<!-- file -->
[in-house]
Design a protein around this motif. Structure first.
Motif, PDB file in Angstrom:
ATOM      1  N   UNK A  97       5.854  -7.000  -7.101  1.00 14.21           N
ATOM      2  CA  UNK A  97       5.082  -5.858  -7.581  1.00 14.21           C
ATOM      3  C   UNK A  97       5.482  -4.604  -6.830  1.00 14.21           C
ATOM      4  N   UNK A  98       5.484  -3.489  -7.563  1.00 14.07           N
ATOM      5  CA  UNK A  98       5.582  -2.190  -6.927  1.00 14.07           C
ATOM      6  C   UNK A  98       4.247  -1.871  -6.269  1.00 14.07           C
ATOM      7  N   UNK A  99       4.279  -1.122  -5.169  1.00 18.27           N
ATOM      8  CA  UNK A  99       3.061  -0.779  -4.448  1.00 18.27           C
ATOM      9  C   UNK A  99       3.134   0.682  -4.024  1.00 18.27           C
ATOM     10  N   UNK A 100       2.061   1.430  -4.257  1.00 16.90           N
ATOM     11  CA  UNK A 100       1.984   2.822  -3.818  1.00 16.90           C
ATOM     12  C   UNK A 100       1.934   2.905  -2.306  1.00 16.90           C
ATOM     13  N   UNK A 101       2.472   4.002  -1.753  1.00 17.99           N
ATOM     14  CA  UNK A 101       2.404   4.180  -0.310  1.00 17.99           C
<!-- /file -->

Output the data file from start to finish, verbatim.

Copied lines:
[in-house]
Design a protein around this motif. Structure first.
Motif, PDB file in Angstrom:
ATOM      1  N   UNK A  97       5.854  -7.000  -7.101  1.00 14.21           N
ATOM      2  CA  UNK A  97       5.082  -5.858  -7.581  1.00 14.21           C
ATOM      3  C   UNK A  97       5.482  -4.604  -6.830  1.00 14.21           C
ATOM      4  N   UNK A  98       5.484  -3.489  -7.563  1.00 14.07           N
ATOM      5  CA  UNK A  98       5.582  -2.190  -6.927  1.00 14.07           C
ATOM      6  C   UNK A  98       4.247  -1.871  -6.269  1.00 14.07           C
ATOM      7  N   UNK A  99       4.279  -1.122  -5.169  1.00 18.27           N
ATOM      8  CA  UNK A  99       3.061  -0.779  -4.448  1.00 18.27           C
ATOM      9  C   UNK A  99       3.134   0.682  -4.024  1.00 18.27           C
ATOM     10  N   UNK A 100       2.061   1.430  -4.257  1.00 16.90           N
ATOM     11  CA  UNK A 100       1.984   2.822  -3.818  1.00 16.90           C
ATOM     12  C   UNK A 100       1.934   2.905  -2.306  1.00 16.90           C
ATOM     13  N   UNK A 101       2.472   4.002  -1.753  1.00 17.99           N
ATOM     14  CA  UNK A 101       2.404   4.180  -0.310  1.00 17.99           C